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authorGravatar Thomas Petazzoni <thomas.petazzoni@free-electrons.com>2011-03-02 14:52:54 +0100
committerGravatar Peter Korsgaard <jacmet@sunsite.dk>2011-05-09 16:52:22 +0200
commit4e005c47e535fcde9bff04699774bde36f358b38 (patch)
tree0b68179106f9f123b0a3598709eb2c2da6249845 /package/makedevs
parentca520507fc15a8213334a76339a3e6d567e91ea0 (diff)
downloadbuildroot-4e005c47e535fcde9bff04699774bde36f358b38.tar.gz
buildroot-4e005c47e535fcde9bff04699774bde36f358b38.tar.bz2
Allow several device tables and split in two parts our device table
This allows to have a device table for all directories/files and another device table for the device files themselves. Both are needed for static /dev, but only the first one is needed when devtmpfs/mdev/udev are used. We take this opportunity to move the documentation of the device table format in a common location, package/makedevs/README. [Peter: simplify code slightly, fix indentation] Signed-off-by: Thomas Petazzoni <thomas.petazzoni@free-electrons.com> Signed-off-by: Peter Korsgaard <jacmet@sunsite.dk>
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+When building a target filesystem, it is desirable to not have to
+become root and then run 'mknod' a thousand times. Using a device
+table you can create device nodes and directories "on the fly".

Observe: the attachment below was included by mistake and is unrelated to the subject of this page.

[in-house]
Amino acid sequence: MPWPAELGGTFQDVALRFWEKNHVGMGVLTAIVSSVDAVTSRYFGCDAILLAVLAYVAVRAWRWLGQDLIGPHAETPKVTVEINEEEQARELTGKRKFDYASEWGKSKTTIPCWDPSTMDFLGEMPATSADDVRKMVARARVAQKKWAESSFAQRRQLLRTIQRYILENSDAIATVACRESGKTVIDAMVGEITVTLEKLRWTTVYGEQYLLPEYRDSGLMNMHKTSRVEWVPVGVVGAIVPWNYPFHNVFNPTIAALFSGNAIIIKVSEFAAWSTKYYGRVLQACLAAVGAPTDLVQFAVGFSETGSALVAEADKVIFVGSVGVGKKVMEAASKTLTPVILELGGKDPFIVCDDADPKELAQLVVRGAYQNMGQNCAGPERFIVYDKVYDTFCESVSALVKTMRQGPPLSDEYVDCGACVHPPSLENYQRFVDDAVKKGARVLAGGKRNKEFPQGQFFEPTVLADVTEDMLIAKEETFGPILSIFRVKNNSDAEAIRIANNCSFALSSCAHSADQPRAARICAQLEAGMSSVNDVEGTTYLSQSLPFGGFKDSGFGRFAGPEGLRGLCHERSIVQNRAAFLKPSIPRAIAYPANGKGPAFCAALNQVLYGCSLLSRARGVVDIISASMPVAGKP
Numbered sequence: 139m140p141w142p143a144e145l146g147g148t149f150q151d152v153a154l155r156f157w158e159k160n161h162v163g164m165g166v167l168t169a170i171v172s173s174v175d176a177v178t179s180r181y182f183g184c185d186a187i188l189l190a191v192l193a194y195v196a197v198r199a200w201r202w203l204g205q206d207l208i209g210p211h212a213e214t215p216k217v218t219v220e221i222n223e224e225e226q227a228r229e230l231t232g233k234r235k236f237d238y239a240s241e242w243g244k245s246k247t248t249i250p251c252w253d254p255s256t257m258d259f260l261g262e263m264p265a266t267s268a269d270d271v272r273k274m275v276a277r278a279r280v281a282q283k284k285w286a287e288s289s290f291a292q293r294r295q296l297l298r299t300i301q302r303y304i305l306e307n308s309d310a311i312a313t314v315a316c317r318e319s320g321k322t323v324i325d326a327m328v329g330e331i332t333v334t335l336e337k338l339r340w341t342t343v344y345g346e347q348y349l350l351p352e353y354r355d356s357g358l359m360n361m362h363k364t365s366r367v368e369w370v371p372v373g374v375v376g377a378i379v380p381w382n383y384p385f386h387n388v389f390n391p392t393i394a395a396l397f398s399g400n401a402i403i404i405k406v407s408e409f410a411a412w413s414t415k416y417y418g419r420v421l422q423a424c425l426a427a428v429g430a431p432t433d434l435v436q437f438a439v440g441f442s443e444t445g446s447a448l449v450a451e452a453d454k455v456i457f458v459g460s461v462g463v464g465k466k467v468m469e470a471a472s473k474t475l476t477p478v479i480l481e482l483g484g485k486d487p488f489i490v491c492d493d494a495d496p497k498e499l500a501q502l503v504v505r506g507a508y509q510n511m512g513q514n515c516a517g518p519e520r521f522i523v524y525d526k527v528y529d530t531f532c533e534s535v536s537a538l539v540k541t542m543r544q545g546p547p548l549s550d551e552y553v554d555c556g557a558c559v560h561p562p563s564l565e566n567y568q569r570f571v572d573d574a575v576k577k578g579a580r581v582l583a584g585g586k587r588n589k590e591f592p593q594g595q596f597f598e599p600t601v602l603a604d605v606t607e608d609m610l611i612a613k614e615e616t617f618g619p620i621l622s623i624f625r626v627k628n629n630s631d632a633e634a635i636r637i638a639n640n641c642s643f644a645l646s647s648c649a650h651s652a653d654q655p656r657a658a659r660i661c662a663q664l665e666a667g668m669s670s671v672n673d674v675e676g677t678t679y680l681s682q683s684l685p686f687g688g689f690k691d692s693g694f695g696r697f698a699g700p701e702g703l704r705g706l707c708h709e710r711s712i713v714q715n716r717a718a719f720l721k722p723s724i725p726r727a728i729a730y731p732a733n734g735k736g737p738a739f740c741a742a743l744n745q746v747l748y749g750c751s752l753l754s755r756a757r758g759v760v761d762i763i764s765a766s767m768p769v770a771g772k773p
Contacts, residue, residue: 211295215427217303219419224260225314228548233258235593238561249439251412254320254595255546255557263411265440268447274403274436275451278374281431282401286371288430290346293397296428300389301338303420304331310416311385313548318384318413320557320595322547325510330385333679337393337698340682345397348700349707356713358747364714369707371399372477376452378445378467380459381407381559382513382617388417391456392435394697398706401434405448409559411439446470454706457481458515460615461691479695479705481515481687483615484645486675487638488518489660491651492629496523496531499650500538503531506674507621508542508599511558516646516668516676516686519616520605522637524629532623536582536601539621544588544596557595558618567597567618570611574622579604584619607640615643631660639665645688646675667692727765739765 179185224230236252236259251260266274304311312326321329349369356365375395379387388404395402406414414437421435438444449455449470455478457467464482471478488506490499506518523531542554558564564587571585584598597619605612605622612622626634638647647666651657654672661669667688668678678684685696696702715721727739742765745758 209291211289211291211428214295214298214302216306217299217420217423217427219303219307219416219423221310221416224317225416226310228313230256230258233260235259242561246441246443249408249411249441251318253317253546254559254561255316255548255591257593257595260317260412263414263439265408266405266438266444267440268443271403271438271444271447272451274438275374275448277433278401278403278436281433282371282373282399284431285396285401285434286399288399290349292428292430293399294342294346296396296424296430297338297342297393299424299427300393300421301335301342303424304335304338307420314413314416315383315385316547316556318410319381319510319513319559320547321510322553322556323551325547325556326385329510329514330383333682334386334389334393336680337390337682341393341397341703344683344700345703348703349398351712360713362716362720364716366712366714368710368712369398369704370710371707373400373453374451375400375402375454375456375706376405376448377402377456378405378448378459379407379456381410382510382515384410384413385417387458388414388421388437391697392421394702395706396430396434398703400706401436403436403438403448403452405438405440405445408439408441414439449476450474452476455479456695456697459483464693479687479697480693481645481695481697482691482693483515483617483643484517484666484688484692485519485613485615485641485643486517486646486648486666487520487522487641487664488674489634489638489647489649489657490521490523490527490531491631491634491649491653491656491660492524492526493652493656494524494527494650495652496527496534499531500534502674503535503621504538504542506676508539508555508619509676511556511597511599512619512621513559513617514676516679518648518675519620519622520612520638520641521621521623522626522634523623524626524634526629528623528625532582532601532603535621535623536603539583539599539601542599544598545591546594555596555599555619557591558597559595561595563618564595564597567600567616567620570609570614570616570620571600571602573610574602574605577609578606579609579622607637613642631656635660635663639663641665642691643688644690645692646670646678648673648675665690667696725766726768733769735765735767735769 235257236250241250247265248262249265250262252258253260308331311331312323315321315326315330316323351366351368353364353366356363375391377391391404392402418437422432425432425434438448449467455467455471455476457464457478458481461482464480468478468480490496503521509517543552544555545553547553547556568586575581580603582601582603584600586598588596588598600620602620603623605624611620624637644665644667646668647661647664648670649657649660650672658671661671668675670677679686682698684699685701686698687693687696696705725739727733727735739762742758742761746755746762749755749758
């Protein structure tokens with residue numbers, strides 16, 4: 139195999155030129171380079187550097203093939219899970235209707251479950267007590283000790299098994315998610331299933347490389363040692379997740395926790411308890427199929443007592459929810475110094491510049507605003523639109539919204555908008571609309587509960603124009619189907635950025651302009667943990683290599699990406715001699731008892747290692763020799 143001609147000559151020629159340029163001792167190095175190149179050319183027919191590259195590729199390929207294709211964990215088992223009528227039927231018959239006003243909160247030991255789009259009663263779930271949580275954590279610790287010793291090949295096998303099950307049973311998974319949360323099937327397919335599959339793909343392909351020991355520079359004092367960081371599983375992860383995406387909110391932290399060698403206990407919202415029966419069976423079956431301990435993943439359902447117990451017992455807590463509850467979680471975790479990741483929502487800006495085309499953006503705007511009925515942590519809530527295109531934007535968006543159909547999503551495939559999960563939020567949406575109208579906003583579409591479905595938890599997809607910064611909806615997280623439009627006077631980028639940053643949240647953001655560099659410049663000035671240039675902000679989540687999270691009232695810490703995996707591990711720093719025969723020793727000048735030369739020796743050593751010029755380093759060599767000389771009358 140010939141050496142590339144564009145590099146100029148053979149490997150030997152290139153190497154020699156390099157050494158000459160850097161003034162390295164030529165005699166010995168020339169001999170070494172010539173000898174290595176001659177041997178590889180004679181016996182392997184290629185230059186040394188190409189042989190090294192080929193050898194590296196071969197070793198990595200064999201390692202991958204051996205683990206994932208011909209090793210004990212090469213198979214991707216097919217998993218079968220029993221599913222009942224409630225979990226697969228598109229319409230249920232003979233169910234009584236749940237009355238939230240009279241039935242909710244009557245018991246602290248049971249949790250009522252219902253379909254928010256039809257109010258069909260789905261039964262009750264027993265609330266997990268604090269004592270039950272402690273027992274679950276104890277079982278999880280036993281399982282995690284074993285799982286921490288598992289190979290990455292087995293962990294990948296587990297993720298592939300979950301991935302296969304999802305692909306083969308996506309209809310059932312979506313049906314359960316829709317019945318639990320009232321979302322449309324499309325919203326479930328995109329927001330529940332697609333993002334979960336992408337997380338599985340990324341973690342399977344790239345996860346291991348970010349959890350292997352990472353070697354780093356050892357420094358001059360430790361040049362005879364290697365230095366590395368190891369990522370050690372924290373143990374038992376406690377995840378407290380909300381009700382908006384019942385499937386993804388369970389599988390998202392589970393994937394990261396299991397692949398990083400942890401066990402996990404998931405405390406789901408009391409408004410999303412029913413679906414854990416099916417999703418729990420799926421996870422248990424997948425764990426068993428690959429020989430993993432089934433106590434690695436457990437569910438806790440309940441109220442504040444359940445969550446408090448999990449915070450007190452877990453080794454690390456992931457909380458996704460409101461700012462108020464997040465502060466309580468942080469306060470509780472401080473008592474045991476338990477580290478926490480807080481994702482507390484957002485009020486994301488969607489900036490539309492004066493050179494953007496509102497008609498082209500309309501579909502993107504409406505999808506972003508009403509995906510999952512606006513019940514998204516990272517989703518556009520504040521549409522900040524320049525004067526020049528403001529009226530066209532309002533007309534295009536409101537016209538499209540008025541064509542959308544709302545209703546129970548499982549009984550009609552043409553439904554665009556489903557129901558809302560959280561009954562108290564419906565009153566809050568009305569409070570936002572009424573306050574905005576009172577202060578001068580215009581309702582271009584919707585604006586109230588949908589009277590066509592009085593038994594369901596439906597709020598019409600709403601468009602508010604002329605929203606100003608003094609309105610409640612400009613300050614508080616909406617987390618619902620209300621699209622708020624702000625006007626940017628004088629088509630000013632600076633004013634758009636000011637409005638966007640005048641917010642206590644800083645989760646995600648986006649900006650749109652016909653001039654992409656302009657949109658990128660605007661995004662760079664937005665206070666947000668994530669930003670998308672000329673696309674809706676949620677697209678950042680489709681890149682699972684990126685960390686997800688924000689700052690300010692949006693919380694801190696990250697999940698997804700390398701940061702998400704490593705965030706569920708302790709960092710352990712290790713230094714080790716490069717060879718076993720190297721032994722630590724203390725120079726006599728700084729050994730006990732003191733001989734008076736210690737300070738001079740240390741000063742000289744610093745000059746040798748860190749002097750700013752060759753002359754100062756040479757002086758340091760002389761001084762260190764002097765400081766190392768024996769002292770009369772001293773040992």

+
+You can do all sorts of interesting things with a device table file.
+For example, if you want to adjust the permissions on a particular
+file you can just add an entry like:
+
+ /sbin/foobar f 2755 0 0 - - - - -
+
+and (assuming the file /sbin/foobar exists) it will be made setuid
+root (regardless of what its permissions are on the host filesystem.
+
+Furthermore, you can use a single table entry to create a many device
+minors. For example, if I wanted to create /dev/hda and
+/dev/hda[0-15] I could just use the following two table entries:
+
+ /dev/hda b 640 0 0 3 0 0 0 -
+ /dev/hda b 640 0 0 3 1 1 1 15
+
+Device table entries take the form of:
+
+<name> <type> <mode> <uid> <gid> <major> <minor> <start> <inc> <count>
+
+where name is the file name, type can be one of:
+
+ f A regular file
+ d Directory
+ c Character special device file
+ b Block special device file
+ p Fifo (named pipe)
+
+uid is the user id for the target file, gid is the group id for the
+target file. The rest of the entries (major, minor, etc) apply only
+to device special files.